A coffee festival and an international dinner

Coffee beans and other organic produce for sale at the Coffee Festival
Coffee beans and other organic produce for sale at the Coffee Festival

I got up exceptionally early (by my current standards but a normal time in my old life) as I had arranged to meet Bobbie for a walk up the mountain. She normally runs at 6am but made a concession for me and waited until 6.30 and walked instead of ran. It was a bit of a grey morning, unfortunately, so we didn’t see the sun come up over the mountain but it was a good walk anyway and we chatted the whole way. Unusually, my legs were aching, a problem I haven’t had for a while, so the climb up was a bit more of a struggle than it should have been.

Afterwards, I left Bobbie at her house and walked in to town for supplies for breakfast, which I bought at the bakery. On the way back, I stopped at the small market next to the plaza and had a huge, very cheap, freshly liquidised pineapple, orange and papaya juice, which was served in a glass, accompanied by an additional jug that held the equivalent of another 2 glasses. Not bad for 4 soles or $1! (A glass alone would have cost 6 soles in Cusco.) When having juice in Peru, though, you have to be very specific about the amount of sugar you want and whether you would like water, milk or neither of the latter added. Otherwise, it could be extremely sweet and you could end up with digestive problems with the water. I have no extras just to be on the safe side.

Local ladies twisting wool whilst waiting for customers
Local ladies twisting wool whilst waiting for customers

On my walk back to the house, I briefly watched the setting up for the Coffee Festival that was taking place in the Plaza today. Judging by the fruit and vegetable stalls, it seemed to me that it was more like a Harvest Festival but no doubt there is also coffee involved somewhere!

The rest of the morning was spent sitting and chatting in the garden with Jill and Tim. They were supposed to be leaving today but decided to stay an extra day. They have been travelling by car in Chile, Argentina and Bolivia for 6 months and have another 5 to spend in Peru, Ecuador and Colombia. Apparently, Chile is the only place that foreigners can buy a car and then cross the borders of other South American countries. Even so, they haven’t got the correct papers and have problems on every border, the resolution of which involves bribes of varying amounts. At the moment, they also have something wrong with the car itself and are just hoping it makes it to Ecuador!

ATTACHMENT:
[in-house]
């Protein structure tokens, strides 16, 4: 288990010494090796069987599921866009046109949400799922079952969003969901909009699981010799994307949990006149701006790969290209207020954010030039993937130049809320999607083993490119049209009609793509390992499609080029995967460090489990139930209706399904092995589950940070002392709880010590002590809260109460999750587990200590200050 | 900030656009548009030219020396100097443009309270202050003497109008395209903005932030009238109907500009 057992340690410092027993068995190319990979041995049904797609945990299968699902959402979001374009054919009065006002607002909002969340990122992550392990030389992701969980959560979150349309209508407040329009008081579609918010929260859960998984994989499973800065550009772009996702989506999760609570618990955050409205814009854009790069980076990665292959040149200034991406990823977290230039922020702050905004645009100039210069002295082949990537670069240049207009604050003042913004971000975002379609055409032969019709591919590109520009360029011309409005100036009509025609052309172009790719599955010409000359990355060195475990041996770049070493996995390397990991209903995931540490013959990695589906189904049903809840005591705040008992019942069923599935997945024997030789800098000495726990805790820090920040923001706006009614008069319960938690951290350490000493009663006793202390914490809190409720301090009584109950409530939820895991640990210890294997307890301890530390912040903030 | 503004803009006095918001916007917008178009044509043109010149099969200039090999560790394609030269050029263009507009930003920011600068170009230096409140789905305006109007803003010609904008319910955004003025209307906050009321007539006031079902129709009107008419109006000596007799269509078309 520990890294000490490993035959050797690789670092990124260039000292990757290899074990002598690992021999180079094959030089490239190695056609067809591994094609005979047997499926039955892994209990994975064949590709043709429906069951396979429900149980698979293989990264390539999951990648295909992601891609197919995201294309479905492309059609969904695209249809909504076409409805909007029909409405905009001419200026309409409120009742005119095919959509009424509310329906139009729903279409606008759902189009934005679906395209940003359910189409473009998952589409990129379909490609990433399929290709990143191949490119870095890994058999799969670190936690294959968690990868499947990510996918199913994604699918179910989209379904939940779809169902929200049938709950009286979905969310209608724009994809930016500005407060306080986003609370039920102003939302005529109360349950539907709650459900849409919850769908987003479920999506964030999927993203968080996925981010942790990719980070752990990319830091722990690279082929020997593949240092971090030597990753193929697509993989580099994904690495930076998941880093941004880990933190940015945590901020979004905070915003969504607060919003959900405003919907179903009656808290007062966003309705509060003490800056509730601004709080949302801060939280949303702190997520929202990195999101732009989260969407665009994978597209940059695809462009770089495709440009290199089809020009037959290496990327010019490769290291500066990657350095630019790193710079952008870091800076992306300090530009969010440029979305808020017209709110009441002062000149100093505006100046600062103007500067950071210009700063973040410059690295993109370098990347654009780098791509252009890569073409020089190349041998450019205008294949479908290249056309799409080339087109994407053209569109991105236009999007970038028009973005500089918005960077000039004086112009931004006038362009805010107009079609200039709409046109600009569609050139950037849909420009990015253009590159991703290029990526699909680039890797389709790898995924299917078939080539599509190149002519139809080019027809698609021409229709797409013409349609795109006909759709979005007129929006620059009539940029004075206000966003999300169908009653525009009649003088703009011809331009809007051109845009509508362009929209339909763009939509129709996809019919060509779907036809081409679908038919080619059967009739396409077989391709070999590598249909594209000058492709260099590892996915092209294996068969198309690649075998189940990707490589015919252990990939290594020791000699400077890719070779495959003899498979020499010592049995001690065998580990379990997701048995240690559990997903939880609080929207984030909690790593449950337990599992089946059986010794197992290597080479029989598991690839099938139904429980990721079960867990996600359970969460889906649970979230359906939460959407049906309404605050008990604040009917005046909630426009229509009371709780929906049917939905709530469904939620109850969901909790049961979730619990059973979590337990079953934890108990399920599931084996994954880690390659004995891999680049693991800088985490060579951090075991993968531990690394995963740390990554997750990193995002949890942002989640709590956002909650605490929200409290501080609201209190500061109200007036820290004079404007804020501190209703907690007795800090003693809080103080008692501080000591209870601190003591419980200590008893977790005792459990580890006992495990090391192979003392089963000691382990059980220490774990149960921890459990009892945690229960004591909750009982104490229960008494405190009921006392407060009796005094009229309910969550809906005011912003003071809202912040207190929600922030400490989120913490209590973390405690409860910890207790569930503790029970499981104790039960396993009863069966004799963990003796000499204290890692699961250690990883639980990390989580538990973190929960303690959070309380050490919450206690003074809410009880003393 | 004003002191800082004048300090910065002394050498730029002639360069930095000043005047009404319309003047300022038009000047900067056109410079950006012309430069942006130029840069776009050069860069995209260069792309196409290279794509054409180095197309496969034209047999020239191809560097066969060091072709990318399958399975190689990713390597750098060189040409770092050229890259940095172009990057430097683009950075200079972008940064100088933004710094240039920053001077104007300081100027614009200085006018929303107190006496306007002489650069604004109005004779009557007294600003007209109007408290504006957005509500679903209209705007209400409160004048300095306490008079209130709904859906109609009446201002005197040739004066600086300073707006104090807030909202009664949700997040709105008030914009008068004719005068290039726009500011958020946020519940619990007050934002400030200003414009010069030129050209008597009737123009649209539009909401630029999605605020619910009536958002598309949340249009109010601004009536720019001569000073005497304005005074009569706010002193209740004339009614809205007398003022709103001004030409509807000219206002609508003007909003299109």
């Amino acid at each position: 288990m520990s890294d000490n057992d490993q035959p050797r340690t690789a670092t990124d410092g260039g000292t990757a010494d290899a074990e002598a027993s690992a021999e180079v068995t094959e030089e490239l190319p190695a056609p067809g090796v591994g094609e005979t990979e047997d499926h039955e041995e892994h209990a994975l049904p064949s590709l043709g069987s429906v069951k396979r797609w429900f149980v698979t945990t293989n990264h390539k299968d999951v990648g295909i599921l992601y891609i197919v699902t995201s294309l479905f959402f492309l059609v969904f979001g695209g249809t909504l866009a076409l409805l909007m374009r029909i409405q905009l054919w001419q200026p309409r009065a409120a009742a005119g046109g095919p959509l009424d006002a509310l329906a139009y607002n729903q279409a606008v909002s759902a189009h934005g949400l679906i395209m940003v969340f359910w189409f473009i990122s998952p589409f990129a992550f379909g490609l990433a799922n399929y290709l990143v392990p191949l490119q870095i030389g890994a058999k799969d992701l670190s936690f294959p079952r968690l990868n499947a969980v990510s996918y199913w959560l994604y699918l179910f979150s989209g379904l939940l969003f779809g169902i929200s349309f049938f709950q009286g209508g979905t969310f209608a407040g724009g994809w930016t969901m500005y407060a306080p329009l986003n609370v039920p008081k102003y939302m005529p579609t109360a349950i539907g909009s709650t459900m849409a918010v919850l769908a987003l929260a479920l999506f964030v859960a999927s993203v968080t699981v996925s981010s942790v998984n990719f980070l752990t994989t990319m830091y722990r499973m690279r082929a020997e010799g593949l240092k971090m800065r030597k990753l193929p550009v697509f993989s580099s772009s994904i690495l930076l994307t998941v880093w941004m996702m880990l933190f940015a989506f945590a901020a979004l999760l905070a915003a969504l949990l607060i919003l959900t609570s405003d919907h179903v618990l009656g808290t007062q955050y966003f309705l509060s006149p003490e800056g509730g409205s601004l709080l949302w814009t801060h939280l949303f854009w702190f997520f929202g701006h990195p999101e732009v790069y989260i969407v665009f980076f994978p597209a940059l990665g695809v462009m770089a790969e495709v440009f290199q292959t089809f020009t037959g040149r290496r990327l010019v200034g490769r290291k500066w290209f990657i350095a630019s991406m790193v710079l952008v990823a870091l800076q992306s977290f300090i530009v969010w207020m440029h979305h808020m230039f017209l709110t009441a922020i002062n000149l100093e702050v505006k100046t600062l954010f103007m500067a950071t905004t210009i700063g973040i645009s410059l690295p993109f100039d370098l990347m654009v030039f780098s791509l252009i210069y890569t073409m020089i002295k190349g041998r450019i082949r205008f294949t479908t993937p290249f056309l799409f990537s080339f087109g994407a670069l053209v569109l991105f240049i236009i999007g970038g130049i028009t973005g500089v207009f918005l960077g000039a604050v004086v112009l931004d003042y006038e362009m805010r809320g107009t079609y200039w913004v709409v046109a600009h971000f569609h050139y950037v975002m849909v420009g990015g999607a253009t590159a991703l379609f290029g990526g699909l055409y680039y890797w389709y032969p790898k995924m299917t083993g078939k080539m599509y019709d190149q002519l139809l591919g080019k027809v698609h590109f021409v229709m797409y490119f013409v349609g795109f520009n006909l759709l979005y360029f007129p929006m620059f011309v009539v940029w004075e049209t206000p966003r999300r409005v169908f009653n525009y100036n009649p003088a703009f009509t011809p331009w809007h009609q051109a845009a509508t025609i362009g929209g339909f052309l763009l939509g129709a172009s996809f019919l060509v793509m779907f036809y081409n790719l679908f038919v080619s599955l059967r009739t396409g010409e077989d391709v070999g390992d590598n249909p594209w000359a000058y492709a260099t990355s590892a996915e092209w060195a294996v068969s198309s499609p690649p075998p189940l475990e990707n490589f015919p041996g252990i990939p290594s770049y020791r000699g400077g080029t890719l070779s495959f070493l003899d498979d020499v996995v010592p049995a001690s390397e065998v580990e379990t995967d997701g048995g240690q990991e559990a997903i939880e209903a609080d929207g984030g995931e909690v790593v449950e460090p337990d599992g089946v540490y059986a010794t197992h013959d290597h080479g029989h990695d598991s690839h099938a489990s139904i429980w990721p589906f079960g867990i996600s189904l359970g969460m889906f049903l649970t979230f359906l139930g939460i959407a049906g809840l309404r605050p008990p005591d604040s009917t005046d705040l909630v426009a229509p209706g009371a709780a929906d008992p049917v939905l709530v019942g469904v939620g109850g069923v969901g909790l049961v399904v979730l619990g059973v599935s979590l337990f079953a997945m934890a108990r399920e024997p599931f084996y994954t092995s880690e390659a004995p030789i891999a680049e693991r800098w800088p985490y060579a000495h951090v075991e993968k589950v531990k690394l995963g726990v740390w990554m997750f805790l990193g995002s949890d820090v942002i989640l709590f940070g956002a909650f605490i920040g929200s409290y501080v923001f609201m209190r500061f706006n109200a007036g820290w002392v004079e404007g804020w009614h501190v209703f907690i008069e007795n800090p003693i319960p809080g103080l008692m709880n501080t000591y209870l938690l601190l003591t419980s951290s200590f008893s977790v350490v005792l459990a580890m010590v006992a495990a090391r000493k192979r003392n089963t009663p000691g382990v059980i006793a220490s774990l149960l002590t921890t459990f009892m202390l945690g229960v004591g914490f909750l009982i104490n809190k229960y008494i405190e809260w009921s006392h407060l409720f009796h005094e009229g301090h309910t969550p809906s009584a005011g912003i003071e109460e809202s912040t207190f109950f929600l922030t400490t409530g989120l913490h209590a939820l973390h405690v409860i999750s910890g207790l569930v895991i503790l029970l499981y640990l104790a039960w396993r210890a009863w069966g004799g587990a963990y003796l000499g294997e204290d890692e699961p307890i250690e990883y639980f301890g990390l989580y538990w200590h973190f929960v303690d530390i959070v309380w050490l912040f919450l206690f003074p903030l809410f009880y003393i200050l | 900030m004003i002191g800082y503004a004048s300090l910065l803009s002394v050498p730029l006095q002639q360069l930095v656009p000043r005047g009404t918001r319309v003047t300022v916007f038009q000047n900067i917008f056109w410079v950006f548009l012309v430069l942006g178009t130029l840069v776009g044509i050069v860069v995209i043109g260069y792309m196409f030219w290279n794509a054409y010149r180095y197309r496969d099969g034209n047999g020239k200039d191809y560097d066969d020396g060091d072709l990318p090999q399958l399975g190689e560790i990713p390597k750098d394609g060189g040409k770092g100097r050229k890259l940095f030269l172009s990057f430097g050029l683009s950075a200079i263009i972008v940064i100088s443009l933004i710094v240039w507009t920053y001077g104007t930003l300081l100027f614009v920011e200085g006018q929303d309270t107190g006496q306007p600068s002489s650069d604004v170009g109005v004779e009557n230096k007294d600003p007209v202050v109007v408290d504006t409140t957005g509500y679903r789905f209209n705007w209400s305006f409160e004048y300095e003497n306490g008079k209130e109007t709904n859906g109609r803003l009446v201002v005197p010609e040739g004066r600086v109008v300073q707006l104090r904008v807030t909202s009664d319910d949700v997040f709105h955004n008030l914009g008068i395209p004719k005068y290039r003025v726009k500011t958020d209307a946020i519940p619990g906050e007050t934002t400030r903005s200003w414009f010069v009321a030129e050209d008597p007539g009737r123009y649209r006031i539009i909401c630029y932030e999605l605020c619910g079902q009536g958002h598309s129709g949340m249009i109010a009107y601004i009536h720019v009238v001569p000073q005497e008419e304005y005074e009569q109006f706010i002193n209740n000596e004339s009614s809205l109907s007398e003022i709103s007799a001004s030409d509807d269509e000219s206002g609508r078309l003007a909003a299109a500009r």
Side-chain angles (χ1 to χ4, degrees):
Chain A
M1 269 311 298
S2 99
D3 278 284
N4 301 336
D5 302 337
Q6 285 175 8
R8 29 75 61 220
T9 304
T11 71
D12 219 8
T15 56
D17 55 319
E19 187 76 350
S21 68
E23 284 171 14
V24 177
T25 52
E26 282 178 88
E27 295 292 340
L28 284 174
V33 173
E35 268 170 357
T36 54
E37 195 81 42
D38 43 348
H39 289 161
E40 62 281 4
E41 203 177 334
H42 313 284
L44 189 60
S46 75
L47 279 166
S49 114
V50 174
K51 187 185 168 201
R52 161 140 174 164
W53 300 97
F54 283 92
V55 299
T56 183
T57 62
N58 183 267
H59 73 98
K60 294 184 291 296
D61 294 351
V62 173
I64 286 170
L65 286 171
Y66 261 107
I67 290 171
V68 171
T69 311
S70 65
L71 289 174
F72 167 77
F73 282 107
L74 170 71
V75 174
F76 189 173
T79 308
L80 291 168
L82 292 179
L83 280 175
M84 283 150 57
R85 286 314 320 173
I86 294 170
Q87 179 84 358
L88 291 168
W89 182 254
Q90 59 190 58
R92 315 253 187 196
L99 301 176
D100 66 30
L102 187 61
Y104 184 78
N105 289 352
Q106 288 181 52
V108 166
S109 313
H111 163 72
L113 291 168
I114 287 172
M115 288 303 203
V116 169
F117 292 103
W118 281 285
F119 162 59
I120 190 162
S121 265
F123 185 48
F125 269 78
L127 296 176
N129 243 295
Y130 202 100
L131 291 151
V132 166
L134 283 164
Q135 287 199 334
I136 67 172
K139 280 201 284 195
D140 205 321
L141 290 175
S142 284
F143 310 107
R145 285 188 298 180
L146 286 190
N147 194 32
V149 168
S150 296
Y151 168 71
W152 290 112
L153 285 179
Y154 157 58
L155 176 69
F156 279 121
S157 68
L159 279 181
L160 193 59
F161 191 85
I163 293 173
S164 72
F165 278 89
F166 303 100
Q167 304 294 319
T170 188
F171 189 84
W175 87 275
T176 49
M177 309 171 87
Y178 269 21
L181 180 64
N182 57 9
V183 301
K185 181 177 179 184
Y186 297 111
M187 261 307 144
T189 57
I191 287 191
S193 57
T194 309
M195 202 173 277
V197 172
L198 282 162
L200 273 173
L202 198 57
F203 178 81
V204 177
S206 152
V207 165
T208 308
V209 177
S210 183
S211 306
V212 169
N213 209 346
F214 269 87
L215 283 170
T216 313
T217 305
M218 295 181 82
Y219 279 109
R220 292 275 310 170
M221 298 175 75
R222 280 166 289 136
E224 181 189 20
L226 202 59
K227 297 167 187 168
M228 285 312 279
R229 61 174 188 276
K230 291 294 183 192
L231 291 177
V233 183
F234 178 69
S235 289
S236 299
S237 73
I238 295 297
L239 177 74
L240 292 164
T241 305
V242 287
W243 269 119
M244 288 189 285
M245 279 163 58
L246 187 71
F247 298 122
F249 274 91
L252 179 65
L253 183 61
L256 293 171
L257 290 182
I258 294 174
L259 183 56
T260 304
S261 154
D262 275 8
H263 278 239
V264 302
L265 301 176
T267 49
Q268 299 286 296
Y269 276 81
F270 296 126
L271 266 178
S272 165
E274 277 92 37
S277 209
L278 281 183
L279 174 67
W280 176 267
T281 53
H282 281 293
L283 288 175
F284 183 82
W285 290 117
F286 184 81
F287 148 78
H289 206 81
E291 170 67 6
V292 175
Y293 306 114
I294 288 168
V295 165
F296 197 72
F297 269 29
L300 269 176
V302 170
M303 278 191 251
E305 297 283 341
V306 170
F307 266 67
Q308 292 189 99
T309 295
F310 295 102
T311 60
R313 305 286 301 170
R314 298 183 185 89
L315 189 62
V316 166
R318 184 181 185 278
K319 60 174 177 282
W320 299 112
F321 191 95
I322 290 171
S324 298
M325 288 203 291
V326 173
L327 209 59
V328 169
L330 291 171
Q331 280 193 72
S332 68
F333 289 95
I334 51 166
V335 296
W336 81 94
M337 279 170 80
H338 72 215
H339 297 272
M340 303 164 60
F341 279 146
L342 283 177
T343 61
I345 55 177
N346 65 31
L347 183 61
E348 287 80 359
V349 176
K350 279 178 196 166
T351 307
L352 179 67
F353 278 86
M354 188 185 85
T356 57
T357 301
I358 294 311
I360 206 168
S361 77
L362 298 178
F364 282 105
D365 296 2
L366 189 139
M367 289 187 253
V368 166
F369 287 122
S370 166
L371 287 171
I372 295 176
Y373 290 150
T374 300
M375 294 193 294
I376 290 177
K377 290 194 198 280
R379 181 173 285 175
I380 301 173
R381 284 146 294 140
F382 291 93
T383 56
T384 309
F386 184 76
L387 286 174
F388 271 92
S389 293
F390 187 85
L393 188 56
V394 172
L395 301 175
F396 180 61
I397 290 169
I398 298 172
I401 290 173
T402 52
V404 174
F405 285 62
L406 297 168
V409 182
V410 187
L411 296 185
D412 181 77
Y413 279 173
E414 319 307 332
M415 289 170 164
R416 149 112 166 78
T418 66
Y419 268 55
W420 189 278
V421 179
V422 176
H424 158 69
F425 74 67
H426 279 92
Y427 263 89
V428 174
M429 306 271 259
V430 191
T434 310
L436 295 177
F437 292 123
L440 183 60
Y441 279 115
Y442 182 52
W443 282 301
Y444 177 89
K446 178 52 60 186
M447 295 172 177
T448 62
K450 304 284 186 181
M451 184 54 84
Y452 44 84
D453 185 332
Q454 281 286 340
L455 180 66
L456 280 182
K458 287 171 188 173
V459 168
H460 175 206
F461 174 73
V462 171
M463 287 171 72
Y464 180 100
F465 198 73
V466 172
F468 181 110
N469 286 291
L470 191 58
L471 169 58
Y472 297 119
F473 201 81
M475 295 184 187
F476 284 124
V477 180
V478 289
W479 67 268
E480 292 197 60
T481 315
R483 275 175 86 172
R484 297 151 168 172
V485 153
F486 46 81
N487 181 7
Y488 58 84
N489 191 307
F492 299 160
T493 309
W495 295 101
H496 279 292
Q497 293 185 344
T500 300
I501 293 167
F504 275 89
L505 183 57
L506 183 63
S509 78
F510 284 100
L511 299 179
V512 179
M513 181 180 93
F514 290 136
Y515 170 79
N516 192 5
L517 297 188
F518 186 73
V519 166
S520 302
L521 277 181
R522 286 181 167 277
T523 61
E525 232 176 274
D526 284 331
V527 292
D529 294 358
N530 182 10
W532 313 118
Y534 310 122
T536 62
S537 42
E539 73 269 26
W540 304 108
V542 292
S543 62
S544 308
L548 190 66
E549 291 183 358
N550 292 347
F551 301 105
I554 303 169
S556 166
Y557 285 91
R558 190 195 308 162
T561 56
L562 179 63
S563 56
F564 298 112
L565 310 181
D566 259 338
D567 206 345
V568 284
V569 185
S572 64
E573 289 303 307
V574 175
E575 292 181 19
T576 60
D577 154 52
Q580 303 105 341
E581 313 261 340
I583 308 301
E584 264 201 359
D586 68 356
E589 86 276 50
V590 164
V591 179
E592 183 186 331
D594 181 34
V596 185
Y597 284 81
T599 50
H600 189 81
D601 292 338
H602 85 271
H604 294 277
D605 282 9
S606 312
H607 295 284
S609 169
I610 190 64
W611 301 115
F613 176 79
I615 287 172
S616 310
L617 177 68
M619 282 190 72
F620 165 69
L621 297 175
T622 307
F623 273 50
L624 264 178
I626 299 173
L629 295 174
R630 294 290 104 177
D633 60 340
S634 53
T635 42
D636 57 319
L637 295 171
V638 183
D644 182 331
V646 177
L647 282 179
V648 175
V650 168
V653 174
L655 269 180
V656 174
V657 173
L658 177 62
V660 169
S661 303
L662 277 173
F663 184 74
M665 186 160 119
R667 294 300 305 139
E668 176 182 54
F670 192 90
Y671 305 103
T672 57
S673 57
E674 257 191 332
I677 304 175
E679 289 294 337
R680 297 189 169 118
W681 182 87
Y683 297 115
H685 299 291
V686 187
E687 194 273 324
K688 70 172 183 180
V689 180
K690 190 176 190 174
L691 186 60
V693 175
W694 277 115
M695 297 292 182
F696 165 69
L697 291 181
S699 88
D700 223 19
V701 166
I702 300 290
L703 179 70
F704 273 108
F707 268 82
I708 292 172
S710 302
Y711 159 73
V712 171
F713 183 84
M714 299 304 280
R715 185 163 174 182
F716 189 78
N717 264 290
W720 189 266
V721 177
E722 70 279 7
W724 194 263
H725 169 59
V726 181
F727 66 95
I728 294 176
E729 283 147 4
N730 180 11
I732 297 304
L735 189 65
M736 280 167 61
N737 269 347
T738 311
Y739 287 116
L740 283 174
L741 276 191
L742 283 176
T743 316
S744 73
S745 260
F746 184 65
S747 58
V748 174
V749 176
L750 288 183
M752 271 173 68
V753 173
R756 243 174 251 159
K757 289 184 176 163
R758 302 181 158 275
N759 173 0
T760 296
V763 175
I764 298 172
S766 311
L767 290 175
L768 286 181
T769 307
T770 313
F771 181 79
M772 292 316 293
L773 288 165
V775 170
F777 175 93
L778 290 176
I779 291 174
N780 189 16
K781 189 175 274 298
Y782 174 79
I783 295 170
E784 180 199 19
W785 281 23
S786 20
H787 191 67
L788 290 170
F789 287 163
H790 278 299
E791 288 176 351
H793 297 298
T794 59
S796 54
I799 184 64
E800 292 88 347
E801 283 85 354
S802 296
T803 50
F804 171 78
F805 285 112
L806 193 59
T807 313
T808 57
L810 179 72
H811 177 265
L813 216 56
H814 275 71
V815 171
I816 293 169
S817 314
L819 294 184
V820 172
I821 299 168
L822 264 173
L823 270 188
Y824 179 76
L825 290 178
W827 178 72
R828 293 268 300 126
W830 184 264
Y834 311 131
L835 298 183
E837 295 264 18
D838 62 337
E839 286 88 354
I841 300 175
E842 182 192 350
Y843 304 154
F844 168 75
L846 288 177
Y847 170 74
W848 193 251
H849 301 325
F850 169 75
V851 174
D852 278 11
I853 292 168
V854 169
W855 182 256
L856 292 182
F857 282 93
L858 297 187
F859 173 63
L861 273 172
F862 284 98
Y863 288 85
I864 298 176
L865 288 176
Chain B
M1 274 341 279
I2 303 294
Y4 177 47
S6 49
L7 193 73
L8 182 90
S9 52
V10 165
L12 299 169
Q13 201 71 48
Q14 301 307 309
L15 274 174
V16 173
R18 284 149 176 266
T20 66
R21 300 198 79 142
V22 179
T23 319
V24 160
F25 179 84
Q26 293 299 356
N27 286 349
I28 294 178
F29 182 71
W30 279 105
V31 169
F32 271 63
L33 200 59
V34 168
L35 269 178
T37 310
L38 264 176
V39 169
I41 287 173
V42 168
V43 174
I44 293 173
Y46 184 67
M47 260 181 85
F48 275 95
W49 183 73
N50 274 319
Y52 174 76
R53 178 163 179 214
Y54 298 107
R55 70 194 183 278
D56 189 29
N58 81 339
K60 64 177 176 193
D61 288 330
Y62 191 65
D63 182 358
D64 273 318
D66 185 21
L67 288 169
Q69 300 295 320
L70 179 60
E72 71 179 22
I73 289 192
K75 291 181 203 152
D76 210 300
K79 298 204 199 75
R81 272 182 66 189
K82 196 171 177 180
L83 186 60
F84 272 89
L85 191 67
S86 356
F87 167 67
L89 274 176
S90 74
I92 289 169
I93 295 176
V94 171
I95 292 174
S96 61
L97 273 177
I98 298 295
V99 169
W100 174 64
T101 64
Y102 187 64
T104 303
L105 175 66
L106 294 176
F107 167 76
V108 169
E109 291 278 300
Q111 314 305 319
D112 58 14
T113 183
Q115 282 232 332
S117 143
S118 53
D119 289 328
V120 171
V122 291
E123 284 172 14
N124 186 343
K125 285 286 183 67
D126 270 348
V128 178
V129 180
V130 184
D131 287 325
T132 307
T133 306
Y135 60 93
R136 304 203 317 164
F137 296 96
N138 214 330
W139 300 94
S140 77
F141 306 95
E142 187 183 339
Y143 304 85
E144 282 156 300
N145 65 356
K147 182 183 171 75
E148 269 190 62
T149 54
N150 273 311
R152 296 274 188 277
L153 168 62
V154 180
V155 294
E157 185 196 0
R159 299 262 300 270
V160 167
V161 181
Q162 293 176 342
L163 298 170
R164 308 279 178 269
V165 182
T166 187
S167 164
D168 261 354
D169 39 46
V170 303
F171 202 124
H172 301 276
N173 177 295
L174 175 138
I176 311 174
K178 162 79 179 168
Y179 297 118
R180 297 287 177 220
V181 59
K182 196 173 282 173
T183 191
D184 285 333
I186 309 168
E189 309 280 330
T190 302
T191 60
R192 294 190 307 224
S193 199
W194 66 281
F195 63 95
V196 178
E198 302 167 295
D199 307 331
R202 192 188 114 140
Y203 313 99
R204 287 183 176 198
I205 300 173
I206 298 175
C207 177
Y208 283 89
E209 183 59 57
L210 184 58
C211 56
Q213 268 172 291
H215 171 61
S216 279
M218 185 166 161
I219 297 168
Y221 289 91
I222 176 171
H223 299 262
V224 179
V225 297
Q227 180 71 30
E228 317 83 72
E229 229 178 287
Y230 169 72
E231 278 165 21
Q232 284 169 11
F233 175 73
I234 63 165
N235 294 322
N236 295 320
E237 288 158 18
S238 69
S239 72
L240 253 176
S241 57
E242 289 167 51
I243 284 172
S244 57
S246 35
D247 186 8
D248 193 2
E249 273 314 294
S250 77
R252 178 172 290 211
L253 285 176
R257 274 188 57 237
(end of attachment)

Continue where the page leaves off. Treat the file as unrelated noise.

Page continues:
Dyed wool for sale at the Coffee Festival
Dyed wool for sale at the Coffee Festival

In the early afternoon, I decided that I ought to do something more with the day so strolled down to the Plaza de Armas to check out the proceedings, which were in full swing when I arrived. I was puzzled for a little while by the row of concrete blocks that had been set up, with accompanying earthenware pots and firewood. It transpired that there was a coffee bean roasting competition! This was a most entertaining and, to me, hilarious, event. There were several rounds of competitors and everyone was smoked out by the fires. I have got no idea who won.

I wandered around, sampling the free coffee (excellent) as well as the cake made by the catering students and some sort of homemade Baileys. There were lots of stalls with produce, including the biggest avocados I think I have ever seen, and, of course, sacks of coffee beans. It was all organically grown and Peru, apparently, produces excellent coffee that is not generally known by the rest of the world. It is just a pity they don’t usually know how to make a cup of the drinkable variety! There were also a few stalls with ladies selling weavings, which I was naturally drawn to and ended up buying one or two things. They may be for presents or I may end up keeping them…….